Word for Word: Something novel about pictures
A wordless section of ‘The Love Bunglers’, by Jaime Hernandez, could be the most moving sequence in any book you’ll read all year
Two constantly intersecting lives, one complicated relationship: Maggie and Ray in The Love Bunglers by Jaime Hernandez
The most moving sequence in any book I’ve read this year is entirely wordless. The Love Bunglers (Fantagraphics, $19.99), by the writer and artist Jaime Hernandez, continues, and possibly concludes, the story of Maggie Chascarrillo, which began more than 30 years ago in Love and Rockets, the comic Hernandez created with his brothers Gilbert and Mario.
As ever with Hernandez, it’s funny, complex, unsettling and beautifully drawn. It’s also a reminder that a graphic novel can do things that a novel told in straightforward prose simply can’t.
Over the decades, one of the most significant relationships in Maggie’s life has been with her one-time boyfriend Ray Dominguez. Towards the end of The Love Bunglers is a double-page spread, with nine panels on each page. The panels on the left show Maggie at various moments from childhood to middle age; those on the right depict Ray’s part in the same moments.
For those who’ve been following Maggie and Ray for decades, who recognise many of the scenes, it’s almost unbearably moving. But you don’t have to be familiar with the characters to understand what Hernandez is wordlessly showing you: two constantly intersecting lives, one complicated relationship.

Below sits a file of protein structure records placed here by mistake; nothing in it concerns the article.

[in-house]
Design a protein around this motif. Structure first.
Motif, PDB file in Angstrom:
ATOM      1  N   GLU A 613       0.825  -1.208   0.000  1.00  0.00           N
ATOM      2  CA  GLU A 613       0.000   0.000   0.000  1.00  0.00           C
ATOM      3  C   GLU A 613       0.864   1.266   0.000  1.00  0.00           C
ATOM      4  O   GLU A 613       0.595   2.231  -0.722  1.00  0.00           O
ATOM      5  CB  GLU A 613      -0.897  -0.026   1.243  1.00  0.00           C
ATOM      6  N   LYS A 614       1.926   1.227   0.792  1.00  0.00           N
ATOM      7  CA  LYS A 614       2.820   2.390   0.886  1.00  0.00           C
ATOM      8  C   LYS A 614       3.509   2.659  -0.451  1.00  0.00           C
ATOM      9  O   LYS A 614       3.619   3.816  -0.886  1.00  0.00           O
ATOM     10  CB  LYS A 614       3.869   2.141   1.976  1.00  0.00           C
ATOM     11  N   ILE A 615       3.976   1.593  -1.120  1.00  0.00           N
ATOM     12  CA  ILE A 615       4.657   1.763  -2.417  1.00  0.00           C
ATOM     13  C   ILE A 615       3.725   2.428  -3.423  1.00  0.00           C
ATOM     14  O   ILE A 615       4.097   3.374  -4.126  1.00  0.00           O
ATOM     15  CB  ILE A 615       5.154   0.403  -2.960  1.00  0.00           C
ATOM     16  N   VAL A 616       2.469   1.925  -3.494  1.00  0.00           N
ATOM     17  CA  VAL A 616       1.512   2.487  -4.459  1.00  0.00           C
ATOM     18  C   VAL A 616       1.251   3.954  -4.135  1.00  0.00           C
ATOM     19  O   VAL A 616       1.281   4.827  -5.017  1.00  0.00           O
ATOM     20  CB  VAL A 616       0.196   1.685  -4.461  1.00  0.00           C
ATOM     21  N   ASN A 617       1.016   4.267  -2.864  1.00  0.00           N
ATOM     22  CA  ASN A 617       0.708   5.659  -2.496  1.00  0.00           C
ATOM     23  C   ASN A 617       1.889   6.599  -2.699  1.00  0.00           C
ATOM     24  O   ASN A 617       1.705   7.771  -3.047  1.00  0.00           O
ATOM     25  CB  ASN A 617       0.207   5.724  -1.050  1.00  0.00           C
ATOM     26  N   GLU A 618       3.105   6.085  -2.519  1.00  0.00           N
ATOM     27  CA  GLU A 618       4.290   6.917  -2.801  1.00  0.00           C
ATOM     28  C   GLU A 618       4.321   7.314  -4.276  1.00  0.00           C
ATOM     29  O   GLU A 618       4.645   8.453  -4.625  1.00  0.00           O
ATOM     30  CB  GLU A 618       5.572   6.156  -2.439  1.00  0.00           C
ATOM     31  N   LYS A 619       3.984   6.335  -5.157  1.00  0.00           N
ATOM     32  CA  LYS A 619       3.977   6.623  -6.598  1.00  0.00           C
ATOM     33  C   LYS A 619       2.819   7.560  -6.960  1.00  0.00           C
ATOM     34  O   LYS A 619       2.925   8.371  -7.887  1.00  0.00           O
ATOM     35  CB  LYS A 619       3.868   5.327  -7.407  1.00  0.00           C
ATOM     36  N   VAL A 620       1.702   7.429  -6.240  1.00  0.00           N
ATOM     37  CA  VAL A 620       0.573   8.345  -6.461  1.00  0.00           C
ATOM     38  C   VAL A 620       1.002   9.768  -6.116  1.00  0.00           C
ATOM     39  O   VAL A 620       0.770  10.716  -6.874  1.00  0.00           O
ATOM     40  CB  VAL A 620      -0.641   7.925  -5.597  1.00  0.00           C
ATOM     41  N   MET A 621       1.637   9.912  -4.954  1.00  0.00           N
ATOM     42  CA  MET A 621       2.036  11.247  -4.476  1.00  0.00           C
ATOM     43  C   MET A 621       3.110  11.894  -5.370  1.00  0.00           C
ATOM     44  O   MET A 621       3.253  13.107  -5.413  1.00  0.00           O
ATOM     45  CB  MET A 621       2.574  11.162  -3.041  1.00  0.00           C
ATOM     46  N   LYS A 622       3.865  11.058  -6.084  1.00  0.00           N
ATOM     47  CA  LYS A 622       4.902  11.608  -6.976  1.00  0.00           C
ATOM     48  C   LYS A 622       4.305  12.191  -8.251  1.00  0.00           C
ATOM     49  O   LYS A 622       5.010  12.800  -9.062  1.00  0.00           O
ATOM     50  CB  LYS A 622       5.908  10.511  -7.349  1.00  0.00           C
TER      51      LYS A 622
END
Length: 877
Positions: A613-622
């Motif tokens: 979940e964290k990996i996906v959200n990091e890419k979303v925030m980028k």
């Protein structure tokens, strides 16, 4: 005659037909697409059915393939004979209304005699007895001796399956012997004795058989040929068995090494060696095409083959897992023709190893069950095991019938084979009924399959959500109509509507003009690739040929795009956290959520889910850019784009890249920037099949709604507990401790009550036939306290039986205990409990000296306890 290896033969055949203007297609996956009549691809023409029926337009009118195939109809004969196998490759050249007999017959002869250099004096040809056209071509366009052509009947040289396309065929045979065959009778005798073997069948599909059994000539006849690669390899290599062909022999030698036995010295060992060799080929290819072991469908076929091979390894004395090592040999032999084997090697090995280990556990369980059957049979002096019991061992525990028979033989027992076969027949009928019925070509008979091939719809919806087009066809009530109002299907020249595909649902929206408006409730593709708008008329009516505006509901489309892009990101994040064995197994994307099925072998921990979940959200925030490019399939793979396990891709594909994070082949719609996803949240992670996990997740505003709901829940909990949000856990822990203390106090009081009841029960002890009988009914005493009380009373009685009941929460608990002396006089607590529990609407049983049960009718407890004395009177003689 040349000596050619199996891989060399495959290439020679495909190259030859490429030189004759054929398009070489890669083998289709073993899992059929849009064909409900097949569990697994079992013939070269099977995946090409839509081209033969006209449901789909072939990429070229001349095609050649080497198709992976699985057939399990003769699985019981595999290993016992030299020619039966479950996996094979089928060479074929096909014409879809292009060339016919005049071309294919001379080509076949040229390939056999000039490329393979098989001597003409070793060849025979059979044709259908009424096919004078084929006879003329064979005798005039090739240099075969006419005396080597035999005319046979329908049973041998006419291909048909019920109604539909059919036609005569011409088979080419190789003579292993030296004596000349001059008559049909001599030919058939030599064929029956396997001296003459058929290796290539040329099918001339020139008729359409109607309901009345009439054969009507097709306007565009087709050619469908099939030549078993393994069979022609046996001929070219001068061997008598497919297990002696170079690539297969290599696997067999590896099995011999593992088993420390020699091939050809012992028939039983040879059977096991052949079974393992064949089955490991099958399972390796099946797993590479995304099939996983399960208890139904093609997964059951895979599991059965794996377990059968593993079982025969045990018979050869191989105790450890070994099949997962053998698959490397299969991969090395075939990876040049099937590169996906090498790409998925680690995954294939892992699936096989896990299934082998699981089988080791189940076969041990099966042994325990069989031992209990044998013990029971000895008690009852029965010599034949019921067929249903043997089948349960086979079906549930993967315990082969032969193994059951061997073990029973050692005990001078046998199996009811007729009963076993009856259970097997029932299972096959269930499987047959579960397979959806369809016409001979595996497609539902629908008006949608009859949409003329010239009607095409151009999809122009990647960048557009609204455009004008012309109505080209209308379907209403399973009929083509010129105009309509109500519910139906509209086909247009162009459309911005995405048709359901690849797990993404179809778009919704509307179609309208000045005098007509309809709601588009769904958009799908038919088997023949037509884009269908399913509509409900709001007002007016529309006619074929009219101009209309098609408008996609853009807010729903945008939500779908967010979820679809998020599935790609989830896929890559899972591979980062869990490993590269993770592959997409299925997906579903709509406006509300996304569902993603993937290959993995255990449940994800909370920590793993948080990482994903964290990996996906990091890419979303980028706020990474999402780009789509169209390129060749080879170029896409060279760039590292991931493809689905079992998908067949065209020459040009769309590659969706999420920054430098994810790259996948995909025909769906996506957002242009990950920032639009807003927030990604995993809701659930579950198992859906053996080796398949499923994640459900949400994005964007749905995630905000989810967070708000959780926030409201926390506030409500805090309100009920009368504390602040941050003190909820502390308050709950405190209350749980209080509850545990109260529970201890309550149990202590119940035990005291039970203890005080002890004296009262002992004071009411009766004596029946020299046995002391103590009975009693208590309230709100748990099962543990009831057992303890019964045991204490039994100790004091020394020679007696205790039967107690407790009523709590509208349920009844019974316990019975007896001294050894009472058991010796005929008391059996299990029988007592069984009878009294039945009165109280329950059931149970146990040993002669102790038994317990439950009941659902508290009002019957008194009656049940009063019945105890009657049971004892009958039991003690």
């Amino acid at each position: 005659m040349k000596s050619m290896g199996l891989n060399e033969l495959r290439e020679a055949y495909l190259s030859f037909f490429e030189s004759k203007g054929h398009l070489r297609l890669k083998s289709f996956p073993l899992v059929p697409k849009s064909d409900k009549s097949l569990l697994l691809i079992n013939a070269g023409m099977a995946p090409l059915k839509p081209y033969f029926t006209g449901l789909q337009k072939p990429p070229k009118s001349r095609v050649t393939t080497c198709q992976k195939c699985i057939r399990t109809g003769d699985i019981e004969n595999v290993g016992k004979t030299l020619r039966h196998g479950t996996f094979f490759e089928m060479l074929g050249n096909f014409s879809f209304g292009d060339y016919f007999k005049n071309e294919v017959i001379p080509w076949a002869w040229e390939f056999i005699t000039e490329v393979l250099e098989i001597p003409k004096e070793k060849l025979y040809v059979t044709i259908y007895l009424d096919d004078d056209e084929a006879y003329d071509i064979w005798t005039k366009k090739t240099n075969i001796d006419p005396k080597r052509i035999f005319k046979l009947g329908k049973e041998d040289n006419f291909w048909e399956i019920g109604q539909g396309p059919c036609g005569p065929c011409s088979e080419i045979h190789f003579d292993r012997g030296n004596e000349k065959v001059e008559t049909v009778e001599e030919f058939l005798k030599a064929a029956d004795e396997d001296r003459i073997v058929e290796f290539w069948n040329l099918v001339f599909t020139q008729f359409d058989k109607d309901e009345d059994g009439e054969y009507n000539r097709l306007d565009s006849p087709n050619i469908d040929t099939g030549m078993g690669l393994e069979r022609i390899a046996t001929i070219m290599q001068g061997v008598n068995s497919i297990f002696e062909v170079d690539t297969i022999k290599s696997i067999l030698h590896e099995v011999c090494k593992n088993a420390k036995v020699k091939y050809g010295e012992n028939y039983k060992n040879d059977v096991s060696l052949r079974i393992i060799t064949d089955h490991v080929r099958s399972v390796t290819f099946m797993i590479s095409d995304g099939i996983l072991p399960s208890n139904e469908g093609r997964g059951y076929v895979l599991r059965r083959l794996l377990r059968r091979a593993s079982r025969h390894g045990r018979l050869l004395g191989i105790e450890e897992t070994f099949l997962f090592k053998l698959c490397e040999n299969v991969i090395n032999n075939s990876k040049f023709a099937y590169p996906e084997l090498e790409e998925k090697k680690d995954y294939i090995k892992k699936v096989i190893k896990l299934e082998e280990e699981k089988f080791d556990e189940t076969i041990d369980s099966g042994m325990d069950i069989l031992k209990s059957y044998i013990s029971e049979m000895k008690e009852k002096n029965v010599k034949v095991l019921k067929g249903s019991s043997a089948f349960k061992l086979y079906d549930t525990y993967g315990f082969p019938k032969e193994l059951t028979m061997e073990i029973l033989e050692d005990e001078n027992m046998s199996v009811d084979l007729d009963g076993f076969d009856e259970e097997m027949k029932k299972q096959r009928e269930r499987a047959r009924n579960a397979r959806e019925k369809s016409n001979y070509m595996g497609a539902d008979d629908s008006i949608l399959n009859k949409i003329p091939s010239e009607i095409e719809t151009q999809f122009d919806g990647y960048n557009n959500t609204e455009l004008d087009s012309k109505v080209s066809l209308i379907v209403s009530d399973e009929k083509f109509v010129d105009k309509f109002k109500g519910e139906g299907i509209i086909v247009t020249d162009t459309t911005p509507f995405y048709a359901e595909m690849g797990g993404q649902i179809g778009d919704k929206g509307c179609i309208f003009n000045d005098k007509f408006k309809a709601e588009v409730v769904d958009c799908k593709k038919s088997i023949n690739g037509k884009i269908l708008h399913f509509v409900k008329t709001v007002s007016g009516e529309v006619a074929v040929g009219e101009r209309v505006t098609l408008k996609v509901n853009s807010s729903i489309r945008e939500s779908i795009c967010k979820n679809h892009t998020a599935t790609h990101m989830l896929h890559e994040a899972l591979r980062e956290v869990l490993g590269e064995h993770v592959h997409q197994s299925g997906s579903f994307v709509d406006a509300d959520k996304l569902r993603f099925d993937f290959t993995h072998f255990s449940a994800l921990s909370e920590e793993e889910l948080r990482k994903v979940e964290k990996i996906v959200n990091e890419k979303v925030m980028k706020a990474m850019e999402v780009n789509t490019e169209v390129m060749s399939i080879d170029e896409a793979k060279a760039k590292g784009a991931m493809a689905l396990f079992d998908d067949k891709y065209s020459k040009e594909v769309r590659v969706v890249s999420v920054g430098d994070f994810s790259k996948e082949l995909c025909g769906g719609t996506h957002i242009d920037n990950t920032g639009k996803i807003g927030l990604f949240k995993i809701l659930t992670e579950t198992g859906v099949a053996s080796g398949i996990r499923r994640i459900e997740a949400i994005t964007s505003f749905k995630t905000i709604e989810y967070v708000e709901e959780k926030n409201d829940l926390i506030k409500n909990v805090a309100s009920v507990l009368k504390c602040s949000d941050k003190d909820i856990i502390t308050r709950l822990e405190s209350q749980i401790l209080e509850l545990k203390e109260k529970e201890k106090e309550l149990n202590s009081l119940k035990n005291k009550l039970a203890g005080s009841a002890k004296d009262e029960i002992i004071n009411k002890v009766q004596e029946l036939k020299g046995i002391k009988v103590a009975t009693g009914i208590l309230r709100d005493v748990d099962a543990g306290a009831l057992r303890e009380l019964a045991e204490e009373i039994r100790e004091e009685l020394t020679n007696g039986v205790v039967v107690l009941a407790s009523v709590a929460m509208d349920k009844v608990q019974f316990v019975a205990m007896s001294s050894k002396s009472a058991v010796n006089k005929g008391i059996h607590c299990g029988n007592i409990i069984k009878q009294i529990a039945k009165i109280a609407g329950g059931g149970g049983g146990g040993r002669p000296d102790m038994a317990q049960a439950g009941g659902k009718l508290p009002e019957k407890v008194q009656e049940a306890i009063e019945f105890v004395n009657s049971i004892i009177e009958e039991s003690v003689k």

Graphic novels and memoirs are not a genre but a medium, and a medium with unique power. Although Hernandez is a brilliant writer, in that Love Bunglers sequence, words aren’t the most effective way of getting across what he wants to show us.
Images can also simply pack a powerful punch. Sally Heathcote: Suffragette (Jonathan Cape, £16.99) is a fascinating new graphic novel by Kate Charlesworth and the Costa biography-award-winners Mary M Talbot and Bryan Talbot. When the militant young heroine is sent to prison, the book uses a sequence of images, wordless apart from Sally’s choked cries, that convey the horror of forced feeding more powerfully than any written account. It’s a cliche to say a picture is worth a thousand words. But graphic novels remind us that it’s a cliche because sometimes it’s true.